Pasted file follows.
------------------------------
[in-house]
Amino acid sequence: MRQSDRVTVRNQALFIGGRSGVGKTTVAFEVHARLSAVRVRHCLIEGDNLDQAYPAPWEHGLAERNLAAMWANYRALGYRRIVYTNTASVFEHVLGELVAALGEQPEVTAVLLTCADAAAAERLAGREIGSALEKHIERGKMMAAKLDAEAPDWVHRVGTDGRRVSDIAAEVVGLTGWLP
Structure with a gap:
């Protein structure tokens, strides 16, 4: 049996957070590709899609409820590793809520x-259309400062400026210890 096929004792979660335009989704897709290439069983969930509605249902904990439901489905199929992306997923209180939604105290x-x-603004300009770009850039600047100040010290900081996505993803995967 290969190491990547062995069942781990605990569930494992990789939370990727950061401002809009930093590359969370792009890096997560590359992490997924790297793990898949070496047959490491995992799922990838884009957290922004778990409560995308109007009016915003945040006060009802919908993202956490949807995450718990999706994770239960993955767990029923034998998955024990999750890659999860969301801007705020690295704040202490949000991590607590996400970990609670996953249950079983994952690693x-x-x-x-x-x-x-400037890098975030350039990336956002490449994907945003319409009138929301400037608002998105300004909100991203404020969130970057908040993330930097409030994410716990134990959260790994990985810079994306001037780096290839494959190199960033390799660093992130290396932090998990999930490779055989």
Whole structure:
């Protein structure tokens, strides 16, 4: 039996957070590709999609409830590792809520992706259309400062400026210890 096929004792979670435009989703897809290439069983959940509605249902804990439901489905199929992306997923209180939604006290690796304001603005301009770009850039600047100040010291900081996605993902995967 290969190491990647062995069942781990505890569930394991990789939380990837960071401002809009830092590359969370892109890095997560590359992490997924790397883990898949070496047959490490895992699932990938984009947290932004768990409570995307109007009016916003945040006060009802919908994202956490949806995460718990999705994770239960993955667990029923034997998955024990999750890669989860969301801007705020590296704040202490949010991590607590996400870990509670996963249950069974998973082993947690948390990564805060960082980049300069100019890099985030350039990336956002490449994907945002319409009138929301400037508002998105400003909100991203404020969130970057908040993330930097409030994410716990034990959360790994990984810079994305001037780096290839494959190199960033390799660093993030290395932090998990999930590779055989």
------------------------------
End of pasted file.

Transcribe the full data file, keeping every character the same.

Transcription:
[in-house]
Amino acid sequence: MRQSDRVTVRNQALFIGGRSGVGKTTVAFEVHARLSAVRVRHCLIEGDNLDQAYPAPWEHGLAERNLAAMWANYRALGYRRIVYTNTASVFEHVLGELVAALGEQPEVTAVLLTCADAAAAERLAGREIGSALEKHIERGKMMAAKLDAEAPDWVHRVGTDGRRVSDIAAEVVGLTGWLP
Structure with a gap:
């Protein structure tokens, strides 16, 4: 049996957070590709899609409820590793809520x-259309400062400026210890 096929004792979660335009989704897709290439069983969930509605249902904990439901489905199929992306997923209180939604105290x-x-603004300009770009850039600047100040010290900081996505993803995967 290969190491990547062995069942781990605990569930494992990789939370990727950061401002809009930093590359969370792009890096997560590359992490997924790297793990898949070496047959490491995992799922990838884009957290922004778990409560995308109007009016915003945040006060009802919908993202956490949807995450718990999706994770239960993955767990029923034998998955024990999750890659999860969301801007705020690295704040202490949000991590607590996400970990609670996953249950079983994952690693x-x-x-x-x-x-x-400037890098975030350039990336956002490449994907945003319409009138929301400037608002998105300004909100991203404020969130970057908040993330930097409030994410716990134990959260790994990985810079994306001037780096290839494959190199960033390799660093992130290396932090998990999930490779055989």
Whole structure:
């Protein structure tokens, strides 16, 4: 039996957070590709999609409830590792809520992706259309400062400026210890 096929004792979670435009989703897809290439069983959940509605249902804990439901489905199929992306997923209180939604006290690796304001603005301009770009850039600047100040010291900081996605993902995967 290969190491990647062995069942781990505890569930394991990789939380990837960071401002809009830092590359969370892109890095997560590359992490997924790397883990898949070496047959490490895992699932990938984009947290932004768990409570995307109007009016916003945040006060009802919908994202956490949806995460718990999705994770239960993955667990029923034997998955024990999750890669989860969301801007705020590296704040202490949010991590607590996400870990509670996963249950069974998973082993947690948390990564805060960082980049300069100019890099985030350039990336956002490449994907945002319409009138929301400037508002998105400003909100991203404020969130970057908040993330930097409030994410716990034990959360790994990984810079994305001037780096290839494959190199960033390799660093993030290395932090998990999930590779055989």